Posted by: patenttranslator | February 25, 2011

Not Only Are Translators Normal – They Also Stay Sane Longer Than Monolingual People in This Crazy World

There was an interesting discussion on the Transubstantiation blog last year which continued for months after a post was published on the blog with the provocative title “Are Translators Normal?” Seventy comments have been posted so far on the subject, and new ones still keep trickling in, from translators and a few non-translators, mostly their spouses who for some reason like to say that translators are crazy as loons. Some translators seem to be offended how anybody could even ask such a rude question, while a significant minority refuse to be “normal”, whatever that is, which would include this mad patent translator.

However, it’s official now – not only are people who know more languages than just one sane, but they are also better able to suppress what used to be called senility, old age dementia, sclerosis and all kinds of other names. They call it mostly Alzheimer’s now, probably to spite Japanese people because this is a word that no Japanese person can pronounce.

It’s not that translators are necessarily smarter (wouldn’t we be making more money if we were really smart?), but we did figure out how to use a part of our brain that most people simply never bother to put to use. According to this news report, a research team led by Dr. Ellen Bialystock, a bilingualism researcher at York University in Toronto, looked at the medical records of 228 patients at a memory clinic who had been diagnosed with dementia or Alzheimer’s and compared them to their language abilities. She found that on average monolingual people who made their first doctor’s appointment to address Alzheimer’s symptoms were aged 71.4, compared to 75.5 for bilingual people. Dr Bialystok calls the advantage that bilingual people have an improved cognitive reserve, which is “the same as the reserve tank in a car: ‘Once the brain runs out of fuel, it can go a little farther’. Bilingual people can use this reserve to fight off Alzheimer a little longer than monolingual people, although this does not prevent or stop the disease”.

It occurred to me a long time ago, long before this newspaper article was published, that people who speak several languages must use their brain differently than monolingual people. One category of people who have few problems with learning a foreign language are little people, children. Children are simply not hung up on what grownups call native tongue before their own native language is fully developed sometime during puberty. As I wrote in this piece, I had a childhood friend by the name of Vasek who learned German every summer because his grandmother could only speak German, only to forget it during the rest of the year. And when my son was three years old, he could not really speak any language yet, but he understood Chinese because his babysitter in San Francisco, Mrs. Took, was Chinese and he was surrounded by Chinese children and adults in Mrs. Took’s house. Unfortunately, although children can learn foreign languages easily, they will forget them just as easily if they don’t use them because the brain retains mostly only what is needed.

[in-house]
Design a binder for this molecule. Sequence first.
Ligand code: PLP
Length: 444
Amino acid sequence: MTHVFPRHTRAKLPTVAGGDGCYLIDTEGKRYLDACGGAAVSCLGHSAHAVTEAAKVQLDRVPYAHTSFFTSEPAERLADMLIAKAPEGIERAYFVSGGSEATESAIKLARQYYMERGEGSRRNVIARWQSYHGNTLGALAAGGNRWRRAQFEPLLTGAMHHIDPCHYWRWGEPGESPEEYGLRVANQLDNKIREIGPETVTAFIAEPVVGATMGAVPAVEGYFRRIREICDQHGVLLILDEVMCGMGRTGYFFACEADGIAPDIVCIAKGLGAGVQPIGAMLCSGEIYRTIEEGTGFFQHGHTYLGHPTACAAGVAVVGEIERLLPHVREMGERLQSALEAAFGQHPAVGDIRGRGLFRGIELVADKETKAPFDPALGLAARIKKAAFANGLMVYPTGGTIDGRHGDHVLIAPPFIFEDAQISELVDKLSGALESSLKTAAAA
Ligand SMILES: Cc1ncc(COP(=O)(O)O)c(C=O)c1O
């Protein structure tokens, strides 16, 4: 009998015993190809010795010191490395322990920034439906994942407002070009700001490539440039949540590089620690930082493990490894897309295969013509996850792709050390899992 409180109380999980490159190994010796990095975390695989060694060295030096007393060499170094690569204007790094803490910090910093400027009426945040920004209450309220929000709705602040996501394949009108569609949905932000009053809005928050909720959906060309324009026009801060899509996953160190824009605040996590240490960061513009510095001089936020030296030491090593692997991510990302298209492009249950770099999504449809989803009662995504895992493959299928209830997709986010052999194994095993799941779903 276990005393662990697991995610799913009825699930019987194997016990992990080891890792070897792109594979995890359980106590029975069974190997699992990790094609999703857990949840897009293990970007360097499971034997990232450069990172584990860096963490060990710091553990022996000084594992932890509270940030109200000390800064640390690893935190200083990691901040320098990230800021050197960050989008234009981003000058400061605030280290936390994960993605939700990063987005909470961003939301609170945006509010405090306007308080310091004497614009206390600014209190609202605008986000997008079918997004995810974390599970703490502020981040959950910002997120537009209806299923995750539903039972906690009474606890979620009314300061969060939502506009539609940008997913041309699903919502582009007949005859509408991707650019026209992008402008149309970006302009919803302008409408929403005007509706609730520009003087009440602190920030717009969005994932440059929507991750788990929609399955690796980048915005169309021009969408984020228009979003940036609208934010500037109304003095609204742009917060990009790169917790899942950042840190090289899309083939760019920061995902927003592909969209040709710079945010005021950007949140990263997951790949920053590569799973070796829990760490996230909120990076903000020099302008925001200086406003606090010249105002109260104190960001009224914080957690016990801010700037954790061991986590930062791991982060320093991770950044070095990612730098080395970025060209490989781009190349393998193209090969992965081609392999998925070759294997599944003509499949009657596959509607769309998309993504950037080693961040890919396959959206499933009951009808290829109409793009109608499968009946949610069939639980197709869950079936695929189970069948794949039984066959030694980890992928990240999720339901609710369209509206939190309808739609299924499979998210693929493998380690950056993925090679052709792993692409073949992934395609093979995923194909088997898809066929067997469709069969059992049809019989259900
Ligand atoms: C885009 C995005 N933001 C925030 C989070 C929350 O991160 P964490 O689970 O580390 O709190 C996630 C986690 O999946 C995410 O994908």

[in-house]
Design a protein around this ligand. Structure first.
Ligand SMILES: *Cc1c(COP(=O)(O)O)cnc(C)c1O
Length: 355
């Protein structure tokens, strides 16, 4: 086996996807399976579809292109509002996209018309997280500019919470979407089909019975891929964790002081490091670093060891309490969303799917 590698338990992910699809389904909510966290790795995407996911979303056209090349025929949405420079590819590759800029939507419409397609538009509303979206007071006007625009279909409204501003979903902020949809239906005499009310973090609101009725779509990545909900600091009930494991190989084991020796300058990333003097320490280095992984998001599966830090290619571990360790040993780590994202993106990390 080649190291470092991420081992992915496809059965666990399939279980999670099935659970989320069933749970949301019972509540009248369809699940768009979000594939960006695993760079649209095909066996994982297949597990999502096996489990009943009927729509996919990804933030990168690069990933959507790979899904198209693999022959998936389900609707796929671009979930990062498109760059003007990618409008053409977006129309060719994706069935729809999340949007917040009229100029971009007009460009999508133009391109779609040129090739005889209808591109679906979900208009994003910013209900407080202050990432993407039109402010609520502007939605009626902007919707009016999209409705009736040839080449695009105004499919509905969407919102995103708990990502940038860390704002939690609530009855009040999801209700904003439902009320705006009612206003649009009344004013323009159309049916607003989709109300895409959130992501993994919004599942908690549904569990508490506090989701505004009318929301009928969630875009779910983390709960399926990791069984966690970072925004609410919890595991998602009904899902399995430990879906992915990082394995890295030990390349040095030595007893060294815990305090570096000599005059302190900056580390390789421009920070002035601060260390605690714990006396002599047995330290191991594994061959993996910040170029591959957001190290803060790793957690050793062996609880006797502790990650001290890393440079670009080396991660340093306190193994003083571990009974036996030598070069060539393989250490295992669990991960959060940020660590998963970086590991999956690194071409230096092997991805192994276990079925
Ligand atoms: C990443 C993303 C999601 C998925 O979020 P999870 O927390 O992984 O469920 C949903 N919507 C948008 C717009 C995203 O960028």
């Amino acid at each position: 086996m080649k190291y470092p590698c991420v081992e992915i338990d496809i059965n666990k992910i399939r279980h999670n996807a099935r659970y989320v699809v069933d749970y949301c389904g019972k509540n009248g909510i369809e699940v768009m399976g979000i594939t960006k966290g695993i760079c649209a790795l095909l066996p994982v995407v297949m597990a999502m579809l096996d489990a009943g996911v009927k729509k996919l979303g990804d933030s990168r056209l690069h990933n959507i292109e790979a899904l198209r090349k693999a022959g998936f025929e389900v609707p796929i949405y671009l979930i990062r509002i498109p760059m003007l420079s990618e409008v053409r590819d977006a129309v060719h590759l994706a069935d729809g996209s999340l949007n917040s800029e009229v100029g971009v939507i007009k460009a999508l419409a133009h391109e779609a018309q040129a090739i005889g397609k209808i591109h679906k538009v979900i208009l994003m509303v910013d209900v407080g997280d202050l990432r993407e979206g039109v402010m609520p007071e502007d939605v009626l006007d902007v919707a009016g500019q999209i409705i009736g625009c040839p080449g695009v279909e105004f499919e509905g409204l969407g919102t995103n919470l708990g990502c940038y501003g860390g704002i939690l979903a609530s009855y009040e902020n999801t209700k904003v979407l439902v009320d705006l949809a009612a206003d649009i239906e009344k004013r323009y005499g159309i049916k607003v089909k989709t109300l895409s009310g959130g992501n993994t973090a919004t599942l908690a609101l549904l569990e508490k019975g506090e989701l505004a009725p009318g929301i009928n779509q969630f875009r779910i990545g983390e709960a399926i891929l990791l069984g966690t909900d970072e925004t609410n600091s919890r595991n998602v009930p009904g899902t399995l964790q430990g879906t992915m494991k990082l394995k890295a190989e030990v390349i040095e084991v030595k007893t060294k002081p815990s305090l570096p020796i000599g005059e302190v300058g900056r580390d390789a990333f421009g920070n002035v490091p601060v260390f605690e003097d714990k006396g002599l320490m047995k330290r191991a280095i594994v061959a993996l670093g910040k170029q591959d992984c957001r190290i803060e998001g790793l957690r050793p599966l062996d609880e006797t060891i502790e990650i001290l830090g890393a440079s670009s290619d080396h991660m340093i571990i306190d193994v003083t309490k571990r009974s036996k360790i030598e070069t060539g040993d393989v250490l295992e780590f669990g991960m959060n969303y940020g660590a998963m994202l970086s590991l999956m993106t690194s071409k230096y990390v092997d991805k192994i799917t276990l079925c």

Adults who learn foreign languages need to make a much greater effort than children because their native language is fully developed and “locked” in the part of their brain that is used for this purpose. But unlike children who can pick up a language with enthusiasm only to throw it away later like an unwanted toy, adults can retain the foreign language if they continue making the effort. With pain comes gain.


Now that we know that if we are lucky, we will die of cancer or in a car accident before our brain is claimed by Alzheimer’s, the question is what will we do during the remaining lucid period of our life?

This may seem wildly optimistic, but I think that translators could use what one could call the lucid years to access other parts of their brain which store information about other things than languages as well. It is said that most people use only a really small part of their brain anyway, something like 20 percent, I think.

Maybe we could use the remaining lucid years in our life to finally figure out how to get paid rush rates for working over the weekend. Or how to find customers who pay good rates and on time.

If we could actually pull off something like that, I think that most people would have to agree that translators really are normal.


  1. Because of a rare and not readily diagnosable illness (now fortunately stopped), my wife was a frequent “guest” of university clinics in Germany. She tried to pass it off lightly and at one point would ask every neurologist that examined her this question:

    “What was Alzheimer’s first name?”

    Interestingly, most of them didn’t know.

    “See, that’s how it all starts,” she would say.

    Usually, she got a laugh out fo them.

    One day, we went to see her nephew in his office at the local city council. He is a clever chap, quick on the draw, never misses a beat.

    She asked him the same question.

    He quickly opened Wikipedia in his browser, typed in “alzheimer” and proudly announced:


    This time, we really had a good laugh.

    Needless to say, my wife speaks two languages.


  2. Once you stop teaching kids Latin, the entire civilization goes down the drain.


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